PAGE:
A Study on Longevity Risk Hedging in the Presence of Population Basis Risk
Zhou, Kenneth Qian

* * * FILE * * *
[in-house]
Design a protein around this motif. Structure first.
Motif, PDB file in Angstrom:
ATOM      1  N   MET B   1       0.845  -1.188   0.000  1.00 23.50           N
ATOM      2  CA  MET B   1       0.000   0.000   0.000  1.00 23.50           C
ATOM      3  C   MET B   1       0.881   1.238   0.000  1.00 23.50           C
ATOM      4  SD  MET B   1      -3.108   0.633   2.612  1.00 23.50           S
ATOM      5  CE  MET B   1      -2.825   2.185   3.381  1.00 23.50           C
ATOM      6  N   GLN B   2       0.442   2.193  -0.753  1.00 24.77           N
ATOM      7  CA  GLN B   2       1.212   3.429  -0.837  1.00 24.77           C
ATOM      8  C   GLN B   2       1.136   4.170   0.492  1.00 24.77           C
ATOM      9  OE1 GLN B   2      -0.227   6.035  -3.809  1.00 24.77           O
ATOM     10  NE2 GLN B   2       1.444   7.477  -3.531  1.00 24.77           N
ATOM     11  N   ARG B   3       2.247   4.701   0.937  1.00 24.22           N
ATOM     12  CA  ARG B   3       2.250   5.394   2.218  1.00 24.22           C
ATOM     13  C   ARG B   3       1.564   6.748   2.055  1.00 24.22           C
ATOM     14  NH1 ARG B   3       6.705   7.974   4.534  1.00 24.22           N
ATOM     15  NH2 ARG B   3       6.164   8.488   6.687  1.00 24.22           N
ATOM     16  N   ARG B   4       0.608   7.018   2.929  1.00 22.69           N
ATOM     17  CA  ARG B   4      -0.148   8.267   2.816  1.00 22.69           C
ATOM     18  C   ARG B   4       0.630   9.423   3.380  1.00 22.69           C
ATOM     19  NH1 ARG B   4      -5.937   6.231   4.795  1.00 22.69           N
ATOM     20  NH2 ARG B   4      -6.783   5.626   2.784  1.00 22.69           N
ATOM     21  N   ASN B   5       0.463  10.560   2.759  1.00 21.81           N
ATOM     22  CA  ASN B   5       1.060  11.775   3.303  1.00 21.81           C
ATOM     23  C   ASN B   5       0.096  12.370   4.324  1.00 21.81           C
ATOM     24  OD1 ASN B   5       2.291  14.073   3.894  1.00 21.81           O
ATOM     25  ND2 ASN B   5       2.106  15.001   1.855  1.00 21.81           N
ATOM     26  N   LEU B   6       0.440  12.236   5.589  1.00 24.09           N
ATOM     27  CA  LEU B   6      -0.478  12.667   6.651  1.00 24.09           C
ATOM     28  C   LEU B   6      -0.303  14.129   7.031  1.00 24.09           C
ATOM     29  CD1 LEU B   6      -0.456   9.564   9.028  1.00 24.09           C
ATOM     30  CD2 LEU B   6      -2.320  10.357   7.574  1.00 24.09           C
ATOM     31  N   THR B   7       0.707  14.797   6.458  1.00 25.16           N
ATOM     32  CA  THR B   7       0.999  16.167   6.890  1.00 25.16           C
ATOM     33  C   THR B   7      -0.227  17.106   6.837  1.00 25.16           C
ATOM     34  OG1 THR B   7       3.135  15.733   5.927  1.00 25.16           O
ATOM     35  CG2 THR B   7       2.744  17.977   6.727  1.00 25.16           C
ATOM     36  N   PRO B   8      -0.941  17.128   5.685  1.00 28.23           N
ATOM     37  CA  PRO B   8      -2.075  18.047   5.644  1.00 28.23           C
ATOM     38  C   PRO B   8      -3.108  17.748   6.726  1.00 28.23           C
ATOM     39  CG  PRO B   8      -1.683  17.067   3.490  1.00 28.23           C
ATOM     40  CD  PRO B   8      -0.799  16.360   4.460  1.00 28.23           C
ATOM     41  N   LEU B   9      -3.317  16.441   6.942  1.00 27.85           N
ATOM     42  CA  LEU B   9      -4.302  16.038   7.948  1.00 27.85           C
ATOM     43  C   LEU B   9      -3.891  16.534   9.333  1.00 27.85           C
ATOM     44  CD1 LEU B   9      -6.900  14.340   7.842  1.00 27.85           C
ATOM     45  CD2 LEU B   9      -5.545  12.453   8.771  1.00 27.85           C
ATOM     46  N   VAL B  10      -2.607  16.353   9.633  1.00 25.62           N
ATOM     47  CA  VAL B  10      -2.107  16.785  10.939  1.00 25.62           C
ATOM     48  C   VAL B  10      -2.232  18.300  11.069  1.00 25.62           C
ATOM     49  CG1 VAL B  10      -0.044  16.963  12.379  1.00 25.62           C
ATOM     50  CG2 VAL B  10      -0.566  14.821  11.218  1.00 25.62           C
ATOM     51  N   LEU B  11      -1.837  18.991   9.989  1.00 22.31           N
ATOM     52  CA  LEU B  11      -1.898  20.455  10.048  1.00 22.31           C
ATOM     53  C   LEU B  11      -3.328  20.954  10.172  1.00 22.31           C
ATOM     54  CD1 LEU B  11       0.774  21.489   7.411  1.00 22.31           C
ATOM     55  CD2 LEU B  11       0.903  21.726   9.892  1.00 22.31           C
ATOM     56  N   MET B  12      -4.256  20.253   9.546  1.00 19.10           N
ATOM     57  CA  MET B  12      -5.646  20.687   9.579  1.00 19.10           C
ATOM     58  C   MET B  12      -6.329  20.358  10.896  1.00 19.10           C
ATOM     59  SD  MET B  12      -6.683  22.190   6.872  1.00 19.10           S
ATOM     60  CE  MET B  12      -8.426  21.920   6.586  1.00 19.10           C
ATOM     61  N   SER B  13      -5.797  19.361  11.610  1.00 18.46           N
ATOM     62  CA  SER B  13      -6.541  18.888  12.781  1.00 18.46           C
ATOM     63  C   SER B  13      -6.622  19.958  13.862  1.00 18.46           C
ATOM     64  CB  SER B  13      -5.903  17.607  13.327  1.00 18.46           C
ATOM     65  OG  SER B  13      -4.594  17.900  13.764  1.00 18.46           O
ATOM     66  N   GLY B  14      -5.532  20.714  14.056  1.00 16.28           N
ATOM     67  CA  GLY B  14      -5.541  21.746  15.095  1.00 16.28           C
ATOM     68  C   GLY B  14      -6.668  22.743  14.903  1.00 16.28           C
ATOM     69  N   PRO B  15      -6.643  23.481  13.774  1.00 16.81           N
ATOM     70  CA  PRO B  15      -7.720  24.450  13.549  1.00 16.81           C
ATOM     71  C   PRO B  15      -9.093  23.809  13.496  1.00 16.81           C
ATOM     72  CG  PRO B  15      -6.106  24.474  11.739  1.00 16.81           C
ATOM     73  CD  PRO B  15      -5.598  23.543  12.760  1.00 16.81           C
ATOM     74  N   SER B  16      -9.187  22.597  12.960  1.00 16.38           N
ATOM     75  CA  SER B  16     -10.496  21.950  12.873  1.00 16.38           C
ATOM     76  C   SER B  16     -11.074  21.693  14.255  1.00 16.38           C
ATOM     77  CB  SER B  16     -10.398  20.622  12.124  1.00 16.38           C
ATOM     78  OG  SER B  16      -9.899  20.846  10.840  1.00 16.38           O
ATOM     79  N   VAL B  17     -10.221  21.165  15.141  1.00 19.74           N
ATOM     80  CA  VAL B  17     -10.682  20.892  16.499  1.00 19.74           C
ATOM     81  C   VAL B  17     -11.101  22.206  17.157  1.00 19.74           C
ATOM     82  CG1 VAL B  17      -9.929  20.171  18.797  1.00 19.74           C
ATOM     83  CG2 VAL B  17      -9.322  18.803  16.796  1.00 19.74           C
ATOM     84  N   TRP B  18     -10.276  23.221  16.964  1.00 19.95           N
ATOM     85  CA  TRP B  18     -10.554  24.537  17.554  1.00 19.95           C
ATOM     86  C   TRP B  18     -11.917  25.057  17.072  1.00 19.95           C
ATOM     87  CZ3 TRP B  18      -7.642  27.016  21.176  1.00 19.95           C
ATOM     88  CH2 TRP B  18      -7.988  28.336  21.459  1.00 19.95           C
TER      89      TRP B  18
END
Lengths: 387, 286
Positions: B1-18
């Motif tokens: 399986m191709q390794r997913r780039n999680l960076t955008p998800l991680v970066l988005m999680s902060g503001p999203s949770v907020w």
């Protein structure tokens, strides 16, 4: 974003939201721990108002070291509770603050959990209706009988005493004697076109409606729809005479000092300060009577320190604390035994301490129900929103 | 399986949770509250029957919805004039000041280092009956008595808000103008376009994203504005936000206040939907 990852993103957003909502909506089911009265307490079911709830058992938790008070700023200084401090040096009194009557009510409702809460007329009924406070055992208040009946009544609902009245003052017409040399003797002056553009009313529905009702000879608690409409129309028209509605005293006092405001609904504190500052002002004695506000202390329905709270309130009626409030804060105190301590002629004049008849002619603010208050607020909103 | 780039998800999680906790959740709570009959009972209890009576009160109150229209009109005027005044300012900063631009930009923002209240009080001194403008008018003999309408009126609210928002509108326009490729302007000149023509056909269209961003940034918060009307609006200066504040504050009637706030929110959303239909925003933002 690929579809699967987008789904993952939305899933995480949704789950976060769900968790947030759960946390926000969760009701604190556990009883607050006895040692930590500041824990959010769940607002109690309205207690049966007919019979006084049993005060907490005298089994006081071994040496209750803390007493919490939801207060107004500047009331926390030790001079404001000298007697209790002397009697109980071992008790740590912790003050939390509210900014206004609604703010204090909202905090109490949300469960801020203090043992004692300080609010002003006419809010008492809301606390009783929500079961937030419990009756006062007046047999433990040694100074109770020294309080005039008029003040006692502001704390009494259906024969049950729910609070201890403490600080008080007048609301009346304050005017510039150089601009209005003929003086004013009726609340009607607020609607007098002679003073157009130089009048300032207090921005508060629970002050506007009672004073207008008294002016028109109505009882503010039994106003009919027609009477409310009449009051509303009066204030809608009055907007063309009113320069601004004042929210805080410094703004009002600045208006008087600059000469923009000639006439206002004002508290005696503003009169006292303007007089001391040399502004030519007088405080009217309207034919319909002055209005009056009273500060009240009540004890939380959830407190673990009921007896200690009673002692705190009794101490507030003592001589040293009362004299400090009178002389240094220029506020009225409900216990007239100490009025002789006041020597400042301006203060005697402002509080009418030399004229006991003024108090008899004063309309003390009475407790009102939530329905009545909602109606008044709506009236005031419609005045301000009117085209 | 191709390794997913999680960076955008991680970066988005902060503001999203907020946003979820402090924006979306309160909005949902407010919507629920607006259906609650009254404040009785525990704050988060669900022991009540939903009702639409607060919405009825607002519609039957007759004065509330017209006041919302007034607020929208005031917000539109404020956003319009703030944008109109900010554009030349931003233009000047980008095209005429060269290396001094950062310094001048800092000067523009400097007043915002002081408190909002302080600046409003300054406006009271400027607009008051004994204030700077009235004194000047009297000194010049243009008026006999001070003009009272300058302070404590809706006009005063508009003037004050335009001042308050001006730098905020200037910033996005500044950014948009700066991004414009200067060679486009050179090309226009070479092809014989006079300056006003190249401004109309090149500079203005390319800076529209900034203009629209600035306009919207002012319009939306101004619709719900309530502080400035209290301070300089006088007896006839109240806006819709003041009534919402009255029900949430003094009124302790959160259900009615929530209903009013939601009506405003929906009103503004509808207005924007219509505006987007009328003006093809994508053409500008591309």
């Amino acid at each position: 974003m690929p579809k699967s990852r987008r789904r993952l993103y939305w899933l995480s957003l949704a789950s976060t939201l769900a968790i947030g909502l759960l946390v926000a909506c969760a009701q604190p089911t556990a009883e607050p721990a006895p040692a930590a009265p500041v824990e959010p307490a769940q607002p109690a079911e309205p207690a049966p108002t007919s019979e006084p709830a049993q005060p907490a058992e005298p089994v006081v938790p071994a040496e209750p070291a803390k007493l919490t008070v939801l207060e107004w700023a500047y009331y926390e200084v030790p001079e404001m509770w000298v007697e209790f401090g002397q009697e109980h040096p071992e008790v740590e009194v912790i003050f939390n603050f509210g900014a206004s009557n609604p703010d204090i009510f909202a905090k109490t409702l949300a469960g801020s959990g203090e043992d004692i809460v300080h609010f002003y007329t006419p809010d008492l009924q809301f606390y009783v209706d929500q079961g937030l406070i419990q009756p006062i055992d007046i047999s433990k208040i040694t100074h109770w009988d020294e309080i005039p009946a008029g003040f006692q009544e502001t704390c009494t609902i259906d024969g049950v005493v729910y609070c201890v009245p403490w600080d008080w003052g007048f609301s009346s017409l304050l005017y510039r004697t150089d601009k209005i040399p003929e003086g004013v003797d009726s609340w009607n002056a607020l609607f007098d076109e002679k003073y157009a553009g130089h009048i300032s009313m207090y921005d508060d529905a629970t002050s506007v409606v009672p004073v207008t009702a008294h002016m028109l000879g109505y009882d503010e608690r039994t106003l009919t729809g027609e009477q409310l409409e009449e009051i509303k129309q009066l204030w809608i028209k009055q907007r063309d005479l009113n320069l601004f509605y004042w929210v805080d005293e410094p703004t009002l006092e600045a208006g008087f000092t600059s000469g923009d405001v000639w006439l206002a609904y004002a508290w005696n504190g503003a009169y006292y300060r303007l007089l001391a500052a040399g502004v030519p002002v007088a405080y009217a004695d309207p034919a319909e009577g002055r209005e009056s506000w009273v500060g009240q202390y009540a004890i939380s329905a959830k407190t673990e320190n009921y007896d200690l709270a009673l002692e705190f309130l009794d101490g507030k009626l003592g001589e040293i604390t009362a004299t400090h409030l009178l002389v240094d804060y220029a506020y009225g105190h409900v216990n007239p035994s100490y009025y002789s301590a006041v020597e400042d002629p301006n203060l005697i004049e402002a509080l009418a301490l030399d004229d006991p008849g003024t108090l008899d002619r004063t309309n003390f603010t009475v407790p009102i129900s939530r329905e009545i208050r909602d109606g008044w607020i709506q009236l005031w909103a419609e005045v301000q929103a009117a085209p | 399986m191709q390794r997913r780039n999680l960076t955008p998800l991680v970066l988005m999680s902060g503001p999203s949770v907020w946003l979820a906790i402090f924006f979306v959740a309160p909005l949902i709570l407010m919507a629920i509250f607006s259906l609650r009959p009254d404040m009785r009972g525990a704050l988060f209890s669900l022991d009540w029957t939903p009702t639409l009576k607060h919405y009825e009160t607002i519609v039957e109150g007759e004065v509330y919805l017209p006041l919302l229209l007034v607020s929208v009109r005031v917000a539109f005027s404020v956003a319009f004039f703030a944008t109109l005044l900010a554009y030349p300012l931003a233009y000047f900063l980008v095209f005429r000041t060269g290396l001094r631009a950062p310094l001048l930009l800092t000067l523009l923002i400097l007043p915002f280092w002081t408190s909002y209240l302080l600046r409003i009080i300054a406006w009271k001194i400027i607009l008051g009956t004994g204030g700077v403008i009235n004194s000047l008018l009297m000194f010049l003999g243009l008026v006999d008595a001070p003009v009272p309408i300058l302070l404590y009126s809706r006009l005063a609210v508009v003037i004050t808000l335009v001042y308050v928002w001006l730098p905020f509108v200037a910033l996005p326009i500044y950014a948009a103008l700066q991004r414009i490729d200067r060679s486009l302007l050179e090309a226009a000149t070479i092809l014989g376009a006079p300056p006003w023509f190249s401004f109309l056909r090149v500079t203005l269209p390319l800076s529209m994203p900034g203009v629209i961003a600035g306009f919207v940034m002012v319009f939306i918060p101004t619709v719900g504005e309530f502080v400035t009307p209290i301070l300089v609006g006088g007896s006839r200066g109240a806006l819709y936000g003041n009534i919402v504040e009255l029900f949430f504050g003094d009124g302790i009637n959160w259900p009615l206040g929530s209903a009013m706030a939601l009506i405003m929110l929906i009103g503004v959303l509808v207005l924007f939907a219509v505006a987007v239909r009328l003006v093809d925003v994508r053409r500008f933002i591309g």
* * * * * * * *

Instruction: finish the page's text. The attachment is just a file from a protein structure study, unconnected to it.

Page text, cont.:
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Longevity risk refers to uncertainty surrounding the trend in human life expectancy. Standardized hedging instruments that are linked to broad-based mortality indexes can be used to offload longevity risk from pension plans and annuities. However, hedges that are based on such instruments are subject to population basis risk, which arises from the difference in mortality improvements between the hedger's population and the reference population to which the hedging instruments are linked. This thesis attempts to address some issues that are related to longevity risk hedging in the presence of population basis risk. In the first chapter, a graphical risk metric is proposed to intuitively measure population basis risk, which is believed to be a major obstacle to market development. It allows market participants to not only visually evaluate the extent of population basis risk, but also determine the most appropriate reference population. Compared to existing population basis risk metrics which are mostly numerical, the proposed graphical risk metric is more informative in that it captures more aspects of population basis risk. Along with the existing numerical risk metrics, the proposed graphical risk metric may help hedgers better understand population basis risk and hence make their risk management decisions. In the second chapter, the feasibility of dynamic longevity hedging with standardized hedging instruments is studied. To this end, the dynamic hedging strategy developed by Cairns (2011) is generalized to incorporate the situation when the hedger's population and the reference population are different. The empirical results indicate that dynamic hedging can effectively reduce the longevity risk exposures of a typical pension plan, even if population basis risk is taken into account. Further, by considering data from a large group of national populations, it is found that population basis risk and small sample risk can possibly be diversified across different hedgers. Hedgers may therefore be able to completely eliminate their longevity risk exposures by removing the underlying trend risk with a dynamic index-based hedge and transferring the residual risks through a reinsurance mechanism.